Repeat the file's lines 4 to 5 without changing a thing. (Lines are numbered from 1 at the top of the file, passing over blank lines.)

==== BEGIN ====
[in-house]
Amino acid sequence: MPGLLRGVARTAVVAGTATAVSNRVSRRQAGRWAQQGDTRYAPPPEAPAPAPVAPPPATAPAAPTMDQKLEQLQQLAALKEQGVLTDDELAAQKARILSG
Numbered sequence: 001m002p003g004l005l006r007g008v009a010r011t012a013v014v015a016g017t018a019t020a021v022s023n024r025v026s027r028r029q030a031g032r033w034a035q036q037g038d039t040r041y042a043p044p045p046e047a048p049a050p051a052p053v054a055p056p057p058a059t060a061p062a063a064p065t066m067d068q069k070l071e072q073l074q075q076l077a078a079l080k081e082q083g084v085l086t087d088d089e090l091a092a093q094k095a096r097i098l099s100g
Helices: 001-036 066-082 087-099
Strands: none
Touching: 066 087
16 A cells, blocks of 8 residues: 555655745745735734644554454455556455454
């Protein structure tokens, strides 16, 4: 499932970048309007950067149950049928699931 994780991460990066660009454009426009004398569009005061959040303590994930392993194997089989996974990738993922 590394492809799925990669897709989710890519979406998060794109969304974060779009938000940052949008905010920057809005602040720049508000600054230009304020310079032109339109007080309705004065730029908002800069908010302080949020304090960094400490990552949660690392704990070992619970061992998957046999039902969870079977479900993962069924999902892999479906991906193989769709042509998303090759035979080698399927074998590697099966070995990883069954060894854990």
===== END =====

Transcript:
Helices: 001-036 066-082 087-099
Strands: none